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editorial

Sitting in the dark


November 8, 2012

One has to feel compassion for the people and communities for whom Hurricane Sandy has been an unmitigated disaster. We here in the Upper Delaware Valley were lucky; we were spared the worst of what the storm had to offer, though even we did not escape totally unscathed.

Pictures taken as little as 100 miles away from us show the ruin left in Sandy’s wake: devastated communities and families, hurting and often angry people. More misery is likely to follow as the impact of vanished infrastructure and lost or damaged businesses and personal property extends beyond areas shattered by the storm. Rebuilding is going to require everyone’s help.

Contemplating the many painful consequences of Sandy, frustration, anger and fear seem perfectly rational reactions of those affected who feel powerless over what has happened in their lives. Here at home, many thousands of us who spent some portion of last week sitting in the dark also have some sense of vulnerability, knowing how little control we had over what was happening around us.

The truth is that we are utterly dependent on a complex infrastructure of producers and distributors who deliver life’s essential goods—electricity to our homes, fuel to gas stations, food to grocery stores and more. Even the conscientious, who take preparedness seriously, cannot control a natural disaster that befalls the delivery of gasoline to our local gas station or food to our neighborhood grocery. (Other events over which we have no control such as the stock market meltdown of 2008 also come to mind.)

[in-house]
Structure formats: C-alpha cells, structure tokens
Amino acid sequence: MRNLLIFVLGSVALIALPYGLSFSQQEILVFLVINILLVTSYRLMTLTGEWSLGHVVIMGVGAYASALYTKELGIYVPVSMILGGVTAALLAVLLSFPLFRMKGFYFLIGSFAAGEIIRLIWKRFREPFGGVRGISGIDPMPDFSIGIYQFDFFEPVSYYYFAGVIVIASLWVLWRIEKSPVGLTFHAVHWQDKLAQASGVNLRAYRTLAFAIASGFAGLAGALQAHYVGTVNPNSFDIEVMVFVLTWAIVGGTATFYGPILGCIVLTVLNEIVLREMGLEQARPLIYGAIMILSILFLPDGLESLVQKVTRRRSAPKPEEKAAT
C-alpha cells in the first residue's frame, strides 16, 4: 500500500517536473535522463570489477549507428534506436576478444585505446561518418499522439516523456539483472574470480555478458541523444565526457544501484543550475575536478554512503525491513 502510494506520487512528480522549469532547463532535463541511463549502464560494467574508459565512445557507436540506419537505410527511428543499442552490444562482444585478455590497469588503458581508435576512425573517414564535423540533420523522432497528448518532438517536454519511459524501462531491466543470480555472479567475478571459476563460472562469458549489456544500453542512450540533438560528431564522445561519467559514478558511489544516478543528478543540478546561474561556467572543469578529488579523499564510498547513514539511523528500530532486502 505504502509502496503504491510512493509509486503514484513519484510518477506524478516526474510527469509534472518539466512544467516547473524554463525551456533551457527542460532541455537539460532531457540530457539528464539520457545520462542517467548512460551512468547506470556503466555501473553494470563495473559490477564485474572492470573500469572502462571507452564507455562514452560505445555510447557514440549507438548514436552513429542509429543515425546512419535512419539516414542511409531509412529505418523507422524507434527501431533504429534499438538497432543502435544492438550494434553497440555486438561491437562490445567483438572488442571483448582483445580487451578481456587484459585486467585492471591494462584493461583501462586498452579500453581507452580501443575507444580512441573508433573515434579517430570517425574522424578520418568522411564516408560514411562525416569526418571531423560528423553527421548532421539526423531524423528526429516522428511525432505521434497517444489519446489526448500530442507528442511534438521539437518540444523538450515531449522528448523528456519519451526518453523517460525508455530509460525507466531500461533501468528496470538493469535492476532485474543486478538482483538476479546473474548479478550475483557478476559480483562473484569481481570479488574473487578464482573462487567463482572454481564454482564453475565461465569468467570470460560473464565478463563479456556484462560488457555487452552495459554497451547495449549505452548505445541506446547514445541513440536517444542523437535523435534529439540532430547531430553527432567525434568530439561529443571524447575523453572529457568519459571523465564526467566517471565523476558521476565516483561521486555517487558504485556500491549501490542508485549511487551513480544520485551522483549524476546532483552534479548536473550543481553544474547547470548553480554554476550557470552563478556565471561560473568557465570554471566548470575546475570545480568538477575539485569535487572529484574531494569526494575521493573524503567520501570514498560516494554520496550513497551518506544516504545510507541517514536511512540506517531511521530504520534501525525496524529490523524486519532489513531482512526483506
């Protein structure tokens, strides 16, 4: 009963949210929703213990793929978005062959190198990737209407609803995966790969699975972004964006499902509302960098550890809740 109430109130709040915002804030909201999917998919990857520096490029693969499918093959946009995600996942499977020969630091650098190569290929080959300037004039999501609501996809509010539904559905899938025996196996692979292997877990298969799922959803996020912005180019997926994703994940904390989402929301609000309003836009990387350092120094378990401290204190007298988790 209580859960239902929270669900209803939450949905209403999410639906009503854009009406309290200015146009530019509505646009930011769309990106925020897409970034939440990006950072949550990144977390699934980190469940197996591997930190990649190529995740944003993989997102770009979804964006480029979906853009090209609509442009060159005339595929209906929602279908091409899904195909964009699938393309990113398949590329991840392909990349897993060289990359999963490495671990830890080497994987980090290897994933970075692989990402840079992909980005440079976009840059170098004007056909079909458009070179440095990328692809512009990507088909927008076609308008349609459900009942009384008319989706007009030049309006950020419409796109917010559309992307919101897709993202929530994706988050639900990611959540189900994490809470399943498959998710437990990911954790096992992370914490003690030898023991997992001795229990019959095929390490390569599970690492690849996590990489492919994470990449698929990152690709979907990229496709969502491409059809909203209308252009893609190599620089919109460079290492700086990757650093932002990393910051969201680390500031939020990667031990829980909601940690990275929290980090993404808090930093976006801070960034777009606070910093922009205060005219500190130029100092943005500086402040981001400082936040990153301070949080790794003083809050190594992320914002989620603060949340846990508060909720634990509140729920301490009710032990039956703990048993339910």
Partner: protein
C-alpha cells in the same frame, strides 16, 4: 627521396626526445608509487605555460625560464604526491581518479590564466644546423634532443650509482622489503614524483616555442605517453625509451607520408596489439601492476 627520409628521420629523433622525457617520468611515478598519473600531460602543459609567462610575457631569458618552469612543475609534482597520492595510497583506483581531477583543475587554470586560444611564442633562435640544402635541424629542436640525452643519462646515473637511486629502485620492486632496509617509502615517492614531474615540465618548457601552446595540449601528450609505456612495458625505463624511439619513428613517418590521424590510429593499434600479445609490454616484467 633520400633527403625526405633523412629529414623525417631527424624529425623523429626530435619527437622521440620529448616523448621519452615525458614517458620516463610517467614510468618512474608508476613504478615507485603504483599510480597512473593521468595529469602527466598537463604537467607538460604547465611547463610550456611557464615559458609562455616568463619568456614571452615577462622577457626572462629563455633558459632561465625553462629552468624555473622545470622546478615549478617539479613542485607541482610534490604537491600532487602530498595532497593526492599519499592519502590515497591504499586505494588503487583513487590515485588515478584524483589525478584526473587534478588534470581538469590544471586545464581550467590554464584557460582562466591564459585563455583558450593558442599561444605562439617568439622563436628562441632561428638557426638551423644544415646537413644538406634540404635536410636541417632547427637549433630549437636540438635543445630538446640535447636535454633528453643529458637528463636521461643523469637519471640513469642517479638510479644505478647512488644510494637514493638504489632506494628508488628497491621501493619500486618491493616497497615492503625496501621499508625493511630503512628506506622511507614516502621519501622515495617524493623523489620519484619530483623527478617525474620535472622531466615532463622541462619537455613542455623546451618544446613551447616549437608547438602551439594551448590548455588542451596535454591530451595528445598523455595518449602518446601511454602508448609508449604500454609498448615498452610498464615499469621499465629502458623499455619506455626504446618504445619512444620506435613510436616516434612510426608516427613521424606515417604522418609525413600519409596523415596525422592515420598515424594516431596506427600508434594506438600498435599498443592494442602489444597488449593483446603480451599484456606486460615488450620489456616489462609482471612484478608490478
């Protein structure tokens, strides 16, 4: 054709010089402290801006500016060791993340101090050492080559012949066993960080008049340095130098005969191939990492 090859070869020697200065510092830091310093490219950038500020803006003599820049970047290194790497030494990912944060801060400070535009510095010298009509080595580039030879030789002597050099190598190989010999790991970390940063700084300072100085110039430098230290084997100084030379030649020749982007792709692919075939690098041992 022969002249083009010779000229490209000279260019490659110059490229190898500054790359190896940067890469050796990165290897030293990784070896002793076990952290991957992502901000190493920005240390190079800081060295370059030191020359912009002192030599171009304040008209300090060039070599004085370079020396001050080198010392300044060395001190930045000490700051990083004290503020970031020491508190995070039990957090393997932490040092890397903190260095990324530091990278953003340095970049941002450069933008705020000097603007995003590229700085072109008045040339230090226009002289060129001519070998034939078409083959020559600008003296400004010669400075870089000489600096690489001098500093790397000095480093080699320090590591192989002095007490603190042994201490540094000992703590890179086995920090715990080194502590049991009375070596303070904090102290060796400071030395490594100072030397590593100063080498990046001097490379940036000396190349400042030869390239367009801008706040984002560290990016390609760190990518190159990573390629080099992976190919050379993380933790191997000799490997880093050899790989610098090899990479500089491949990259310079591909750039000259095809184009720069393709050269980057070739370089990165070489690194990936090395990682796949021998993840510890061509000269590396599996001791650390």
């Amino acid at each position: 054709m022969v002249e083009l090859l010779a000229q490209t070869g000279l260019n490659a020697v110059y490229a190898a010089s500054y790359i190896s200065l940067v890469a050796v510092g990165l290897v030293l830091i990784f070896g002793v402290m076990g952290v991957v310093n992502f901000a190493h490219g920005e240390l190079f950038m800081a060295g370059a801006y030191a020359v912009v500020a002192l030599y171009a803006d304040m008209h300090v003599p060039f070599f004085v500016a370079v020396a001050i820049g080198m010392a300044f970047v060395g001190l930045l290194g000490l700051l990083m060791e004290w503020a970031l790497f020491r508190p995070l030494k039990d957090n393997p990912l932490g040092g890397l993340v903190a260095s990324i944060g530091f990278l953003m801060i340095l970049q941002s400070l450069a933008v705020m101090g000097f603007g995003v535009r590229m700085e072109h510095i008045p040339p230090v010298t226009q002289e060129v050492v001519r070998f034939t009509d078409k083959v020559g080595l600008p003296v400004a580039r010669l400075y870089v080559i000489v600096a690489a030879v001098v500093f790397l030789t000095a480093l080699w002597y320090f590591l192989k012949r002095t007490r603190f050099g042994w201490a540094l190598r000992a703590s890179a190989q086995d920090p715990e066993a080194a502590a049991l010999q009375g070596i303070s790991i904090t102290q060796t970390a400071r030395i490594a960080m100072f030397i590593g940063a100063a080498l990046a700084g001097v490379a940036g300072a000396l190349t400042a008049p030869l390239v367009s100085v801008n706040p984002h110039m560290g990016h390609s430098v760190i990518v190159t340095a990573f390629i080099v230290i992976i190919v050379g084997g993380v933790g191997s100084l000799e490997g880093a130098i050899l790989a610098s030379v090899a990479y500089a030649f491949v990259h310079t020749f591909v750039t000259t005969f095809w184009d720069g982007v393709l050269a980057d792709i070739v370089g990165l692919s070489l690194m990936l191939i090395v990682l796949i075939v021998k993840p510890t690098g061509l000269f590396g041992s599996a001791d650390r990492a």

Many of us expect government to ride to the rescue. But Hurricane Katrina, the storm that left New Orleans a shadow of its former self, demonstrated how government can do only so much. Furthermore, we live in times when tight budgets mean government likely will be able to do less, not more, for us.

The question then becomes, what can we do for ourselves and our communities to be less vulnerable and more resilient? On one hand, there is one kind of emergency preparedness: the kind that finds us stocking up on food, water, petroleum, batteries, lanterns, or even purchasing a generator. On the other, there is a kind of preparedness that requires knowledge and skills to weather a variety of crises or prolonged difficult times.